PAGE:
Drums and Percussion are often a pivotal, driving force underpinning modern day soundtracks, especially within epic orchestral music, action sequences or tracks created for sports applications.
If you’re looking for ways to make your Percussion samples sound bigger and fuller for your soundtrack piece, but when you layer them up things often get cluttered quite quickly, this tip is for you.
The Frequency Led Approach
We’re familiar when writing for strings that we need to think about the frequency ranges of the instrument groups, approaching things keeping in mind Violins, Violas, Cellos and Basses as separate and distinct groups within the sectional writing.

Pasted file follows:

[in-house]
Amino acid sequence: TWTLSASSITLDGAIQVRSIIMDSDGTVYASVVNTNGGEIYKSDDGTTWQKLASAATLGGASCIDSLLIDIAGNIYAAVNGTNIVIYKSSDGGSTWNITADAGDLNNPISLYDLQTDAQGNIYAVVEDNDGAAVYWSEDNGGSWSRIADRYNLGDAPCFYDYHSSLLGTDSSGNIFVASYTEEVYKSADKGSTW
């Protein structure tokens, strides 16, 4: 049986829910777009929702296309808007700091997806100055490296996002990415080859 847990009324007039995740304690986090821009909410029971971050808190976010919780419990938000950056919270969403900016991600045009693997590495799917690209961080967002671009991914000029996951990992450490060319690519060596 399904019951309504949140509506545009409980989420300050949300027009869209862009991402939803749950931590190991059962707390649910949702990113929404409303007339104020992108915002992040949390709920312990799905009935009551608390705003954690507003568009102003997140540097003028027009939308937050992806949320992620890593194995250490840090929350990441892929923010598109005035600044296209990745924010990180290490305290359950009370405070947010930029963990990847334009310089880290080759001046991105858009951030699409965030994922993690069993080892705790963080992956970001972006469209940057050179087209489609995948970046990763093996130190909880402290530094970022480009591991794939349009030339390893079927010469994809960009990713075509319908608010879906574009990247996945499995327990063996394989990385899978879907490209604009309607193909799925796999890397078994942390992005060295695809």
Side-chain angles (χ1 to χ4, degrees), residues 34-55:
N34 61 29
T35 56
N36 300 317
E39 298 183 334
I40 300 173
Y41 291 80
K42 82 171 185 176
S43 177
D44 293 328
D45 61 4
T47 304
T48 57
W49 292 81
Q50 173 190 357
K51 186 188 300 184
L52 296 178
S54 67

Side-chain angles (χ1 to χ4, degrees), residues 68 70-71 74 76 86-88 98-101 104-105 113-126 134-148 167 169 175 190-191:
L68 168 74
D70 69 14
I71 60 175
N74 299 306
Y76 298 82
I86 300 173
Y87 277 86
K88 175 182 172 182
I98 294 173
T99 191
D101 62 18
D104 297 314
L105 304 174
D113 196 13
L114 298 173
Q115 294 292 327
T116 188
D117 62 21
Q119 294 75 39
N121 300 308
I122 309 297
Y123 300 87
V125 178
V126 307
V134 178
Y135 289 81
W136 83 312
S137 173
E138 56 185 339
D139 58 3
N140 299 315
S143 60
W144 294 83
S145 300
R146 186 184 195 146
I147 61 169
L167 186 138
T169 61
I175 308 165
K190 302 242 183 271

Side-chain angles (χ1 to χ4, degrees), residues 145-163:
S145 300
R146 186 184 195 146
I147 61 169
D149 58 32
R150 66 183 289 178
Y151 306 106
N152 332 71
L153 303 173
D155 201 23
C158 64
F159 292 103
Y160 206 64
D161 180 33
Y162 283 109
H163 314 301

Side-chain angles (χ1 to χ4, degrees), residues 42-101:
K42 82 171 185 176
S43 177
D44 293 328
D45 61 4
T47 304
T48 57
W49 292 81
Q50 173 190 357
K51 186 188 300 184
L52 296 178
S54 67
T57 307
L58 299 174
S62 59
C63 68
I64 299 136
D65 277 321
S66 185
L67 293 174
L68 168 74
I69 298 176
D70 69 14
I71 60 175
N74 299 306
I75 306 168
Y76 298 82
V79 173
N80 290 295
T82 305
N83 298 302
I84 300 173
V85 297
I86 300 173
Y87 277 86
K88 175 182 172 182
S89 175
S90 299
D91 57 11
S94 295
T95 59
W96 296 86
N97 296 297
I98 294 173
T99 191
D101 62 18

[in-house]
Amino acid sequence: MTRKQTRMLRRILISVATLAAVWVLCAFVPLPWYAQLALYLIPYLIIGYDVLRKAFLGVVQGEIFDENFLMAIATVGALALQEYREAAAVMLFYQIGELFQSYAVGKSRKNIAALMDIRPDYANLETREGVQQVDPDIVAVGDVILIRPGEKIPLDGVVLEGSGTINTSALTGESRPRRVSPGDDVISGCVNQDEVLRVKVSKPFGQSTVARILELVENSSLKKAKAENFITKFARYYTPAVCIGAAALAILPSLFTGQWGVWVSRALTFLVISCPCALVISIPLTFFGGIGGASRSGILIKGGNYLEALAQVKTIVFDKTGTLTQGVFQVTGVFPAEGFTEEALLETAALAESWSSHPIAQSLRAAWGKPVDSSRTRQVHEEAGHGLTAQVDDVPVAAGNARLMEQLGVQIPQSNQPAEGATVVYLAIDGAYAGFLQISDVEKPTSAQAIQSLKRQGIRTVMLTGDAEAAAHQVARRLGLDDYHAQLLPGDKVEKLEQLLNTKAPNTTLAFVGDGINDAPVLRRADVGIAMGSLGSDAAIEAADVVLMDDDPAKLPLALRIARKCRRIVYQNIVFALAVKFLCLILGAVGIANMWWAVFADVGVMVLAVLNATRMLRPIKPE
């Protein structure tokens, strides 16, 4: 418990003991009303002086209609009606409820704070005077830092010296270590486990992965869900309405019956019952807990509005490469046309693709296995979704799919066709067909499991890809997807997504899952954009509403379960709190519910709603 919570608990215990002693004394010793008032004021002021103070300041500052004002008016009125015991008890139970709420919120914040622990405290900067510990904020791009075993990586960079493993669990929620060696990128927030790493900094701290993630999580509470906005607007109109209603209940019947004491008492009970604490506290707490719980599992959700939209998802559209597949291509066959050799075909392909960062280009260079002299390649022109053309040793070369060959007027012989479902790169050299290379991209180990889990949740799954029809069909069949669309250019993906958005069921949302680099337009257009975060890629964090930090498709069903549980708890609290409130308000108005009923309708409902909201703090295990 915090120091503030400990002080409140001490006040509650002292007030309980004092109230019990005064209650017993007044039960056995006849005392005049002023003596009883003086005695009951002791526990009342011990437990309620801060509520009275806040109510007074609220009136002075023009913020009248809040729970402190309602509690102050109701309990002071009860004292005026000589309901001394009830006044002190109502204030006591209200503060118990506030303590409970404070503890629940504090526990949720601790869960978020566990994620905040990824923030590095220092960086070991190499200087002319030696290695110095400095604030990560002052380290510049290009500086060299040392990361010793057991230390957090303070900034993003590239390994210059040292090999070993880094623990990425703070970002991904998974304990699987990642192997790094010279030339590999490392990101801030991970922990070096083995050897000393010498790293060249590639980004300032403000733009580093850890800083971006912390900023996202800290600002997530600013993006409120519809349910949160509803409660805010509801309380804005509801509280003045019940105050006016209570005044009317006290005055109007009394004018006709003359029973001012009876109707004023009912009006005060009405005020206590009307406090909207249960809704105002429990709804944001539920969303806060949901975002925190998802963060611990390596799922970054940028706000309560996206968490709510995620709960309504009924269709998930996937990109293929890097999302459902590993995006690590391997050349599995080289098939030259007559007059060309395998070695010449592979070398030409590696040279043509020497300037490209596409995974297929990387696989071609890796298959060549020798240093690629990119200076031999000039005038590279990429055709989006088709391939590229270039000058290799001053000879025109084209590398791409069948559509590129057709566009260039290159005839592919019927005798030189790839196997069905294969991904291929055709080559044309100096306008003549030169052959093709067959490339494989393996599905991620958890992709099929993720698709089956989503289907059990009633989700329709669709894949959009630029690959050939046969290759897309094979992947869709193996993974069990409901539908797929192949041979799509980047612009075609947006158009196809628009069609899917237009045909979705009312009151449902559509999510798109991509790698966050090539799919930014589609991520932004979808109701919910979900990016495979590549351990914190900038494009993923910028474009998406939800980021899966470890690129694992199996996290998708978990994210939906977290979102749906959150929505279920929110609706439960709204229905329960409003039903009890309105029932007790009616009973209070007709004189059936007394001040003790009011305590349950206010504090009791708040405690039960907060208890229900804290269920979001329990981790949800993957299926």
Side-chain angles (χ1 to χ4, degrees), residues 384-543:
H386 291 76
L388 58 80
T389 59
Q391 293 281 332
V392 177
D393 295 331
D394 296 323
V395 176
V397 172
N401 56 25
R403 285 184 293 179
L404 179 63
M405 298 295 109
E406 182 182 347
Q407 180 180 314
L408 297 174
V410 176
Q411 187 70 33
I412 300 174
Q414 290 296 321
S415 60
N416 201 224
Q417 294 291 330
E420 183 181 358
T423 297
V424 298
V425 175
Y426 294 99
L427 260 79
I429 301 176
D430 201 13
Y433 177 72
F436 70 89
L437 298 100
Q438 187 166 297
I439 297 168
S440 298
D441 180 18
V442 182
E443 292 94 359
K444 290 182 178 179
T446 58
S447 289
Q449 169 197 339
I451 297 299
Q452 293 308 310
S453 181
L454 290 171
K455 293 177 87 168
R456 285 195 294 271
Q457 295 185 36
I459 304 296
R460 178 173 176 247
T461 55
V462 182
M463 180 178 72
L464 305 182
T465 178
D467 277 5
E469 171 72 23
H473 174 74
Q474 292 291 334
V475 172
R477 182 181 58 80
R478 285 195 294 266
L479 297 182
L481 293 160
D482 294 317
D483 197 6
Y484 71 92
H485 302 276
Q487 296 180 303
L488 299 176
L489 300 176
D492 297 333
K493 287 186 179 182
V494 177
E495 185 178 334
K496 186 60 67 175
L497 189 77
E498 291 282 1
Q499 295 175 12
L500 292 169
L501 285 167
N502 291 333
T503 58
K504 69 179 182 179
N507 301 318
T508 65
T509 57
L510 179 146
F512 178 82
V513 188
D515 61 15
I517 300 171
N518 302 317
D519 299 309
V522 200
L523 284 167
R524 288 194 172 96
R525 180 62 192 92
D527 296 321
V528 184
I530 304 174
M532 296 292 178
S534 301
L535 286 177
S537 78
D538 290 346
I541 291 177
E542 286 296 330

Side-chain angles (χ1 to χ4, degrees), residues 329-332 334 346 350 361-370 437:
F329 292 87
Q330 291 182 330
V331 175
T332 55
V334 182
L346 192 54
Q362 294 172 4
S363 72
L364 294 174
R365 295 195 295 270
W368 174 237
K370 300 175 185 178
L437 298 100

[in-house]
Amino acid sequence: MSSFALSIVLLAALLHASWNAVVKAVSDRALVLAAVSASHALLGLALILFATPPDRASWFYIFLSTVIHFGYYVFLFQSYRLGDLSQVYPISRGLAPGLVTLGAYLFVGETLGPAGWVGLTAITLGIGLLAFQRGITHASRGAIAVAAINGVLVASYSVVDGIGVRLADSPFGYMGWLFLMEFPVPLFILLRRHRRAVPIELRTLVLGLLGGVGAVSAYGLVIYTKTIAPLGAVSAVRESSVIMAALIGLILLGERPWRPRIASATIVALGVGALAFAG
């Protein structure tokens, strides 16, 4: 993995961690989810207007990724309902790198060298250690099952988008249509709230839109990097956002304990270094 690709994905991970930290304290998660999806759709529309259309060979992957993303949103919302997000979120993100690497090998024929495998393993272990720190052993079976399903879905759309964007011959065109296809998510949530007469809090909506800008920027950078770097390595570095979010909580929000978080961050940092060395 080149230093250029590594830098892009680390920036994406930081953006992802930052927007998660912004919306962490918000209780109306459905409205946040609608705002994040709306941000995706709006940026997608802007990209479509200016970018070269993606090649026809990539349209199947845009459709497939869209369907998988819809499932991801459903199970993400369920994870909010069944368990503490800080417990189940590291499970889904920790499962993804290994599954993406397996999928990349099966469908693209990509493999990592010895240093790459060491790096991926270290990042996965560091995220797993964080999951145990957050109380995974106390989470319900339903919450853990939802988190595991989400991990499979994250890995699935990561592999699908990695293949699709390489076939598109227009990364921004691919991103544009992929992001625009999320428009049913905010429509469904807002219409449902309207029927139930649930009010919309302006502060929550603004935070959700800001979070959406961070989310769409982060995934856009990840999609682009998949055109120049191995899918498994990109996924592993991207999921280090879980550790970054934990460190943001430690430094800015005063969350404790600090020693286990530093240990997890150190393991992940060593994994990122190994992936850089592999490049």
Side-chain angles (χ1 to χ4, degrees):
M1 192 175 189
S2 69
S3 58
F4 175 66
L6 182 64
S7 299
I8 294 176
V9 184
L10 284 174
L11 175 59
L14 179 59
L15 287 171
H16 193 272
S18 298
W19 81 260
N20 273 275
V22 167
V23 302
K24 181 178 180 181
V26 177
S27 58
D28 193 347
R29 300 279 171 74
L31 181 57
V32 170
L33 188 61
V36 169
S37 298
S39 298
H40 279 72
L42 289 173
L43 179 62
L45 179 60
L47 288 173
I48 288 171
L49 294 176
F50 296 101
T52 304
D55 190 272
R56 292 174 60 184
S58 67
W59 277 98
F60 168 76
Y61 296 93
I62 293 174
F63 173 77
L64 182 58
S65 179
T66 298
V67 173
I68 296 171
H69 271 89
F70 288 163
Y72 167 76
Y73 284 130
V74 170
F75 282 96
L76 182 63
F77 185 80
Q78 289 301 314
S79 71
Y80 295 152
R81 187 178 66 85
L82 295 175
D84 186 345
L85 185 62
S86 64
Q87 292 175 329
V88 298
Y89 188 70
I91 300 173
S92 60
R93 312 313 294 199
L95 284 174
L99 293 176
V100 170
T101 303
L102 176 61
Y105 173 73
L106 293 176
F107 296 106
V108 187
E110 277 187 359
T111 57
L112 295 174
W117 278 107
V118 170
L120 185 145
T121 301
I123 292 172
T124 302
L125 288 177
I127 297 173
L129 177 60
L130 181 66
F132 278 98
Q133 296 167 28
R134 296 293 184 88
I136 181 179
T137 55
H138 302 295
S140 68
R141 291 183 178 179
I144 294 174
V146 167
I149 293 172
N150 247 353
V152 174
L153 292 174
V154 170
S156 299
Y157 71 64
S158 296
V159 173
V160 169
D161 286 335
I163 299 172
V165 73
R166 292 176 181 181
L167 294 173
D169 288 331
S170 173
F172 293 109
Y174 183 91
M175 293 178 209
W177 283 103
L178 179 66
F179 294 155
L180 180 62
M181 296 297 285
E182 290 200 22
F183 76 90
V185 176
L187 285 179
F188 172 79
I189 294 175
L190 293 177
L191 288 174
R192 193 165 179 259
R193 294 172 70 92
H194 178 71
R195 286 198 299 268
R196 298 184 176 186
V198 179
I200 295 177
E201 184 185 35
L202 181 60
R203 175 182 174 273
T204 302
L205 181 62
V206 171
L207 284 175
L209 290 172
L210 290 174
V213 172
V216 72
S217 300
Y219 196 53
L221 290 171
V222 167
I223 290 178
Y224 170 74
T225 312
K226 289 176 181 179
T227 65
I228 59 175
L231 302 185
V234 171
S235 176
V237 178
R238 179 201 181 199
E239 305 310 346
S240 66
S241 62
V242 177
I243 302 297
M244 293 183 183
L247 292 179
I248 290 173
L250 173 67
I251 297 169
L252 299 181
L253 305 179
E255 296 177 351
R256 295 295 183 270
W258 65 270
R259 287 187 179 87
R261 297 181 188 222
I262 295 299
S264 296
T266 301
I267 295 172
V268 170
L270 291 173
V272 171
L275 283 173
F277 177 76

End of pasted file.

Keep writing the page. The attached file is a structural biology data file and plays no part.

Yet for some reason, few of us consciously divide up the Percussion family in quite the same way when writing.
But tracks that require heavy use of Percussion should be approached in this way too:
Layer instruments keeping in mind frequency ranges. Being aware of this will limit overcrowding, which leads to your track sounding messy or cluttered.
Percussion instruments within these groupings may include:
- Low Range:
Orchestral Bass Drums, Kick Drums, Low Booms, Surdos.
- Low-Mid Range:
Low Toms, Timpani, Taikos
- High-Mid Range:
Some Hand Drums, (Djembe), Snare Drums, Frame Drums, Some Metals
- High Range:
Hi-Hats, Shakers, Some Hand Drums (Bongos, Darbuka, etc.), Cymbals
Of course this a far from comprehensive list, but you get the idea.
Keep in mind general frequency balances within your whole track too: If you have a lot of low end in your track already, it may be wise not to add too much in that frequency range from your Percussion too. Or perhaps strip other elements out to make way for that Percussion.
Either way, you want to avoid any frequency range from getting too cluttered.